Rich Wilhelm

Going Down to Alphabet Street: A Few Princely Thoughts

In 1980s, concerts, music, Music/Memory, Prince on April 24, 2016 at 12:42 pm

IMG_1137

My 18-year-old son, Jimmy, is an ’80’s skeptic. He simply doesn’t believe that the 1980s could have possibly been as great as many of us who lived through it say it was. In short, Jim doesn’t feel that the ’80s were “all that.”

I encourage this kind of thinking, probably because I remember what it was like, in the ’80s, to hear boomers endlessly crow about how the ’60s were so much better than the ’80s. Plus, it’s nice to have warm fuzzy memories of one’s youth, but nostalgia-mongering can close you down to whatever could be going on in your life right now.

So, when Jim disses the decade of Phil Collins, Alf and Hands Across America, I give him a pass to do so. But I will be adamant about one thing:

From a musical/cultural/wow-he’s-just-mindblowing standpoint, Prince was the greatest thing to come out of the ’80s. Or pretty much any decade you care to mention.

It’s hard for me to remember when I was first aware of Prince, though I’m thinking it was during the chart run of his breakthrough album, 1999 — though during the years 1980-1988, practically every album Prince made qualified as some kind of breakthrough. I do remember walking down Market Street in Center City Philadelphia, as a senior in high school. It was one of my first solo trips into the city and I heard Prince’s “Delirious”– has a song every so thoroughly lived up to the promise of its title? — spilling out of one of the downtown record stores I’d come to frequent in college. Hearing it at that moment wasn’t necessarily a huge moment in my life, but it’s also a moment that I never forgot, because it felt like walking by that store at that moment, hearing that song, was the absolute coolest thing I could be doing that day. And it was.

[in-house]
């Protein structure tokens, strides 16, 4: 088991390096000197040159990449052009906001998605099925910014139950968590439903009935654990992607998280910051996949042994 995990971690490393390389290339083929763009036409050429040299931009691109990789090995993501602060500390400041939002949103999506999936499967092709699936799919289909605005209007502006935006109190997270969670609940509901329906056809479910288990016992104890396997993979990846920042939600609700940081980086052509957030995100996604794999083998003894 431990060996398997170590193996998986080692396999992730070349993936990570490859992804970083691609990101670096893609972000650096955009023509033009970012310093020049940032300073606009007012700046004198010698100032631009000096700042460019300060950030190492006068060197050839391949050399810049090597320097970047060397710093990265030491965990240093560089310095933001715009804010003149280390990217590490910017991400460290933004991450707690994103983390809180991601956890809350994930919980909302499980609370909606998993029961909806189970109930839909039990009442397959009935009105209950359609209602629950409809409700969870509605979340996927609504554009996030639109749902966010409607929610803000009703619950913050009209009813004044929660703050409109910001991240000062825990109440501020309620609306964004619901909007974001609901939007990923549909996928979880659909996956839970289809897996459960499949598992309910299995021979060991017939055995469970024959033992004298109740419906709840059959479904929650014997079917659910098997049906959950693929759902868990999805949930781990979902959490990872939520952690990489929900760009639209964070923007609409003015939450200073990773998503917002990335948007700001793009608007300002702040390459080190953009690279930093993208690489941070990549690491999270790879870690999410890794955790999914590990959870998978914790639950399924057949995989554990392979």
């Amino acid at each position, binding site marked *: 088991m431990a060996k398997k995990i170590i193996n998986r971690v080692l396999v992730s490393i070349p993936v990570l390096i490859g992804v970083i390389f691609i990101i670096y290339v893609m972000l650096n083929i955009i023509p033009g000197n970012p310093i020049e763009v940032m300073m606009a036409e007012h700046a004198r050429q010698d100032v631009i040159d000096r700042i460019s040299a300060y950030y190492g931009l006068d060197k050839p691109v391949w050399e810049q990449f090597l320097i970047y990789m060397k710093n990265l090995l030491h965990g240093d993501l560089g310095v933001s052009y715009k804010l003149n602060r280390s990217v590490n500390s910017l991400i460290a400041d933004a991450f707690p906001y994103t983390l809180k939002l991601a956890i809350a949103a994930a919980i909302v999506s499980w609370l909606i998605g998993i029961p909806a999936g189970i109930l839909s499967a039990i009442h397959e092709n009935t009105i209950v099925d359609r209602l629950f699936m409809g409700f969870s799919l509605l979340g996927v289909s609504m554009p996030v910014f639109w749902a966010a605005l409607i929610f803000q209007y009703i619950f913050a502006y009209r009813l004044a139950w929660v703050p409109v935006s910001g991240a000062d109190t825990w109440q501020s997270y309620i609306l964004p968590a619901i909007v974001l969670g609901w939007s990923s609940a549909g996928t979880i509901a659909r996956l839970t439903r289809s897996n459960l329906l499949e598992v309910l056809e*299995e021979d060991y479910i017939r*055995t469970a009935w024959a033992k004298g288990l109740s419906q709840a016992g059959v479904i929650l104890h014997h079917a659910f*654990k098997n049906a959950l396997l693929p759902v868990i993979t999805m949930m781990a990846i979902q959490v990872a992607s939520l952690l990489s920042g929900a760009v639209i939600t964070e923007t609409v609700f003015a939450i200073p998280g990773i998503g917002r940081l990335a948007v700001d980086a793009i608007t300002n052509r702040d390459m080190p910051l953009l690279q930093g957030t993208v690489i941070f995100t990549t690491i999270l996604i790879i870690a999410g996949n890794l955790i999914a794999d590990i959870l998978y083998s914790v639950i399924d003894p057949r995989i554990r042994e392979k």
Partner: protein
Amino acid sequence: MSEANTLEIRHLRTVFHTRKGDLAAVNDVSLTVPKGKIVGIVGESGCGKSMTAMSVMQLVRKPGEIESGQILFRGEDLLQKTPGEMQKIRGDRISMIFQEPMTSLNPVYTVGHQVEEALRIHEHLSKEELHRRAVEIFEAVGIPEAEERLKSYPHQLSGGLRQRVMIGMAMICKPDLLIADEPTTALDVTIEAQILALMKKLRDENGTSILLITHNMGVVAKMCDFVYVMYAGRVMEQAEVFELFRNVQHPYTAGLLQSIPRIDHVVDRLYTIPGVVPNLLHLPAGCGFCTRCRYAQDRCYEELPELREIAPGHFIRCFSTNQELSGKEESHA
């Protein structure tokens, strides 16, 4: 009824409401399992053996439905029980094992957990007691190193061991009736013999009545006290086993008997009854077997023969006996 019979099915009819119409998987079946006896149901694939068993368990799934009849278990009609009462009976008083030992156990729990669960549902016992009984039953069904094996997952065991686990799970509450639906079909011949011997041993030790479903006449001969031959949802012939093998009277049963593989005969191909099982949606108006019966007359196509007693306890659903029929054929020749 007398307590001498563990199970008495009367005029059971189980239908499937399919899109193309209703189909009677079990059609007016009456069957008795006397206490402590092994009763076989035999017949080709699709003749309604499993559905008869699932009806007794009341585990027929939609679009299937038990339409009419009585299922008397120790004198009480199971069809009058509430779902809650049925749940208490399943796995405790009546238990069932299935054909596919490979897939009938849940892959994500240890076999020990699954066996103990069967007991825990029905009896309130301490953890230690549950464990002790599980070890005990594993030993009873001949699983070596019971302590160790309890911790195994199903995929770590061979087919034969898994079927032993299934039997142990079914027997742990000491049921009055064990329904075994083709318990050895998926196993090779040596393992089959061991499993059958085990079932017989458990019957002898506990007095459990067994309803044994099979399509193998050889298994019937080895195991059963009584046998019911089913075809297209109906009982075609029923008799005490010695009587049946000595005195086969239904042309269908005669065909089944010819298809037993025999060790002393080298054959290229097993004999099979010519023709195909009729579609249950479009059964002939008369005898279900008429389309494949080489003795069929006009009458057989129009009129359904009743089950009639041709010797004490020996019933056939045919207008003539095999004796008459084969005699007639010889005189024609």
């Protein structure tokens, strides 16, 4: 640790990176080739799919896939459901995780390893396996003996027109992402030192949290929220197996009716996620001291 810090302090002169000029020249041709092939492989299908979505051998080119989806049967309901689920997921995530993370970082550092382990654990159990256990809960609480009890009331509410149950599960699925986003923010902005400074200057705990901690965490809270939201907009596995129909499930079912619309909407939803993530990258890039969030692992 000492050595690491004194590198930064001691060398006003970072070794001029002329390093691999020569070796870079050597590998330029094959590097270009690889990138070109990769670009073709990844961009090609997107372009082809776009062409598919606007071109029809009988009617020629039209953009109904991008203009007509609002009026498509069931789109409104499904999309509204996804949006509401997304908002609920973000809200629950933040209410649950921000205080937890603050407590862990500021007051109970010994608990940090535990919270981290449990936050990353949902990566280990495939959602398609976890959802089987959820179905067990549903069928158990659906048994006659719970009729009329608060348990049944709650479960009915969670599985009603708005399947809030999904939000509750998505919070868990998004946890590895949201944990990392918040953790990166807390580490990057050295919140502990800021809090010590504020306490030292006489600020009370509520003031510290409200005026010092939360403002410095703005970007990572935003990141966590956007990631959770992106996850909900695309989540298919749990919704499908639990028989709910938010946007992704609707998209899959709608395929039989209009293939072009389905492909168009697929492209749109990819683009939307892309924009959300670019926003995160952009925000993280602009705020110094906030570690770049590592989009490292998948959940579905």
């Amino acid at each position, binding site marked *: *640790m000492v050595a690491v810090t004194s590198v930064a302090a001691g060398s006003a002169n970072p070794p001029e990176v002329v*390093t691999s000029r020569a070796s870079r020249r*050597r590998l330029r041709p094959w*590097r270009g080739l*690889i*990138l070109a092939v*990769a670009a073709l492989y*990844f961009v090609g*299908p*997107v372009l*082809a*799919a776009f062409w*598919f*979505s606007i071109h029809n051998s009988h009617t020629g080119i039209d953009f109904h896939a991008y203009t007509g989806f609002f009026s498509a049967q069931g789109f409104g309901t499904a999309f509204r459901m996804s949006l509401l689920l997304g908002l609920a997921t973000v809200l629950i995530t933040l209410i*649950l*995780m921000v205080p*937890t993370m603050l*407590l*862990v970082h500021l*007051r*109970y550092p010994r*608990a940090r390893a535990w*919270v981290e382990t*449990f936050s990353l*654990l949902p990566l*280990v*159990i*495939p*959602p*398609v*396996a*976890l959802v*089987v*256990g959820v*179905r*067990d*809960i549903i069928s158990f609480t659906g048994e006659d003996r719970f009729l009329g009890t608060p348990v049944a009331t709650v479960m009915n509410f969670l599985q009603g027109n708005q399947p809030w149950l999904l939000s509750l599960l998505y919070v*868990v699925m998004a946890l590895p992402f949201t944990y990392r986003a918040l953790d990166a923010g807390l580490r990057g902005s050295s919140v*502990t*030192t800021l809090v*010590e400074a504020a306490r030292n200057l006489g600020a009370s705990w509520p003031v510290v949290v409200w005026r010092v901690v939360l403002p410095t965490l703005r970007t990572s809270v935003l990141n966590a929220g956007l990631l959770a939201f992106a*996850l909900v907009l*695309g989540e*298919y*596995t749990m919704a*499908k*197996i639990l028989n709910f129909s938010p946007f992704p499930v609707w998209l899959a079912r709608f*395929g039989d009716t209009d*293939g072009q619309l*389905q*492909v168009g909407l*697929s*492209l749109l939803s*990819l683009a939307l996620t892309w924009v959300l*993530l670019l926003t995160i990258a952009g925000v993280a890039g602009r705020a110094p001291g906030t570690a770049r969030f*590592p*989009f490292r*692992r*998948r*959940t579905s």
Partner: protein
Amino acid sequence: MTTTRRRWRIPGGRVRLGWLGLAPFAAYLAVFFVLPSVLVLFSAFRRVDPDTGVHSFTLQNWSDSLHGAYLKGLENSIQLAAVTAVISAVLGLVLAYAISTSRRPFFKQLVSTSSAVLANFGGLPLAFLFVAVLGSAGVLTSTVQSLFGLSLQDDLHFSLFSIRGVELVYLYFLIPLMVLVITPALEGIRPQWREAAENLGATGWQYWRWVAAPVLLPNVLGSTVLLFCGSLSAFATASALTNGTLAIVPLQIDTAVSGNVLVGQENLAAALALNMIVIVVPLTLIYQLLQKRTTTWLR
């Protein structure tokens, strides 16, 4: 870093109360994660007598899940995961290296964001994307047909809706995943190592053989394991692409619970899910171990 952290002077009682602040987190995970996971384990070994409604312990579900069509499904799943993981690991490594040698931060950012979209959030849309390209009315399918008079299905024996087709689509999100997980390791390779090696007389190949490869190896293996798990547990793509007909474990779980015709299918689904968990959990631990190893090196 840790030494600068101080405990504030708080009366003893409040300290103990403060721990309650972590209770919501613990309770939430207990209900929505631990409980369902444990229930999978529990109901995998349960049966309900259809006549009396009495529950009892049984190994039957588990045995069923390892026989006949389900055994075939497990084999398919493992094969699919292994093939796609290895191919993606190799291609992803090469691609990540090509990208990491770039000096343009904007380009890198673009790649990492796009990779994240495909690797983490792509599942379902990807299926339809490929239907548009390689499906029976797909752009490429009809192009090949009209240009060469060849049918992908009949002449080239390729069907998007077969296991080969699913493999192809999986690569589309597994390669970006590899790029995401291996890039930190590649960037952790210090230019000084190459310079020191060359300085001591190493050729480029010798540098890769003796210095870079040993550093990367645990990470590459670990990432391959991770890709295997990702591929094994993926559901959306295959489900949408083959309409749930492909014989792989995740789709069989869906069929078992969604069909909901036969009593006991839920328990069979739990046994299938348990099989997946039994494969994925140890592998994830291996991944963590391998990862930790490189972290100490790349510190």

Of course, Purple Rain exploded all over the place in 1984. As far as I can remember, I’ve only ever seen the complete movie once, but it was a memorable experience  — at a drive-in just over the border in Delaware, with three or four friends. Purple Rain was shown that night along with Clint Eastwood’s Sudden Impact. A double feature for the ages.

I was very fortunate to be sitting in the mega-nosebleed seats at Philadelphia’s Spectrum on a Friday night when Prince and the Revolution, with opening act Sheila E, brought the Purple Rain tour to town. I am pretty certain that I was about as far away from the man and his band as I could possibly be but the concert was electrifying, as I noted in the November 29, 1984 edition of the Temple University News:

IMG_1140

Here’s what I wrote about the Purple Rain album in the review:

The Purple Rain album, which defies simple classifications like “rock” and “soul,” will probably become one of the most influential albums of the last 20 years.

20? Try 40. 60. Oh, hell college-age Rich, just call Purple Rain one of the most influential albums ever. It’ll sound like a huge overstatement, but you’ll be proven right.

What is truly amazing is that I saw Prince again in 1988, touring behind his infamous, and unreleased, Black Album, as well as the officially released Lovesexy album. The Purple Rain hype had long passed, but the ’88 concert was even better than the ’84 show, with Prince in full command of his immense musical powers that night. From a purely musical standpoint, it was probably the best concert I’ve ever seen.